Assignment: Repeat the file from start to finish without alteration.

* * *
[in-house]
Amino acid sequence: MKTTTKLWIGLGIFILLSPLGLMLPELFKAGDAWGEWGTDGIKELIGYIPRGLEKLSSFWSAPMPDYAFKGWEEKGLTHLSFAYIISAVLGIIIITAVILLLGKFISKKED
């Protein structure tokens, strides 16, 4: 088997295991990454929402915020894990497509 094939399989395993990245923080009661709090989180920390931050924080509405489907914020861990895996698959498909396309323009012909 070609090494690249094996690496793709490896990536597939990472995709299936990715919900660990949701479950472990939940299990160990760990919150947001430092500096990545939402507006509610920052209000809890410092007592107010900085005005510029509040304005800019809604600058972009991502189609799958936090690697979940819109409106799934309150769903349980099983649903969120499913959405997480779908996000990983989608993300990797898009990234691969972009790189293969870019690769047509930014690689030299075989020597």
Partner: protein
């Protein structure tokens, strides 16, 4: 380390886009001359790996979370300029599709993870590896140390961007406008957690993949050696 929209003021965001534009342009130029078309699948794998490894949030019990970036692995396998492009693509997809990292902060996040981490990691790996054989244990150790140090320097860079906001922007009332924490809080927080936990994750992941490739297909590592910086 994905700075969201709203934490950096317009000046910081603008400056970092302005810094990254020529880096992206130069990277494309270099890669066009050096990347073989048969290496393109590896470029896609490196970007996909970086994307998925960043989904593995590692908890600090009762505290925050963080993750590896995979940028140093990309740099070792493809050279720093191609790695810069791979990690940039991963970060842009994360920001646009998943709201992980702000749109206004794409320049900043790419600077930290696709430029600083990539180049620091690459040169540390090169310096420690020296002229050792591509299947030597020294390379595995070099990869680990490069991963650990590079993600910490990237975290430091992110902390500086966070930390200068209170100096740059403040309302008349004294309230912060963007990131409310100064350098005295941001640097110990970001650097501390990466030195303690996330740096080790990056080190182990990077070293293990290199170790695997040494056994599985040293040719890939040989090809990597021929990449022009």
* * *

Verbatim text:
[in-house]
Amino acid sequence: MKTTTKLWIGLGIFILLSPLGLMLPELFKAGDAWGEWGTDGIKELIGYIPRGLEKLSSFWSAPMPDYAFKGWEEKGLTHLSFAYIISAVLGIIIITAVILLLGKFISKKED
């Protein structure tokens, strides 16, 4: 088997295991990454929402915020894990497509 094939399989395993990245923080009661709090989180920390931050924080509405489907914020861990895996698959498909396309323009012909 070609090494690249094996690496793709490896990536597939990472995709299936990715919900660990949701479950472990939940299990160990760990919150947001430092500096990545939402507006509610920052209000809890410092007592107010900085005005510029509040304005800019809604600058972009991502189609799958936090690697979940819109409106799934309150769903349980099983649903969120499913959405997480779908996000990983989608993300990797898009990234691969972009790189293969870019690769047509930014690689030299075989020597």
Partner: protein
């Protein structure tokens, strides 16, 4: 380390886009001359790996979370300029599709993870590896140390961007406008957690993949050696 929209003021965001534009342009130029078309699948794998490894949030019990970036692995396998492009693509997809990292902060996040981490990691790996054989244990150790140090320097860079906001922007009332924490809080927080936990994750992941490739297909590592910086 994905700075969201709203934490950096317009000046910081603008400056970092302005810094990254020529880096992206130069990277494309270099890669066009050096990347073989048969290496393109590896470029896609490196970007996909970086994307998925960043989904593995590692908890600090009762505290925050963080993750590896995979940028140093990309740099070792493809050279720093191609790695810069791979990690940039991963970060842009994360920001646009998943709201992980702000749109206004794409320049900043790419600077930290696709430029600083990539180049620091690459040169540390090169310096420690020296002229050792591509299947030597020294390379595995070099990869680990490069991963650990590079993600910490990237975290430091992110902390500086966070930390200068209170100096740059403040309302008349004294309230912060963007990131409310100064350098005295941001640097110990970001650097501390990466030195303690996330740096080790990056080190182990990077070293293990290199170790695997040494056994599985040293040719890939040989090809990597021929990449022009």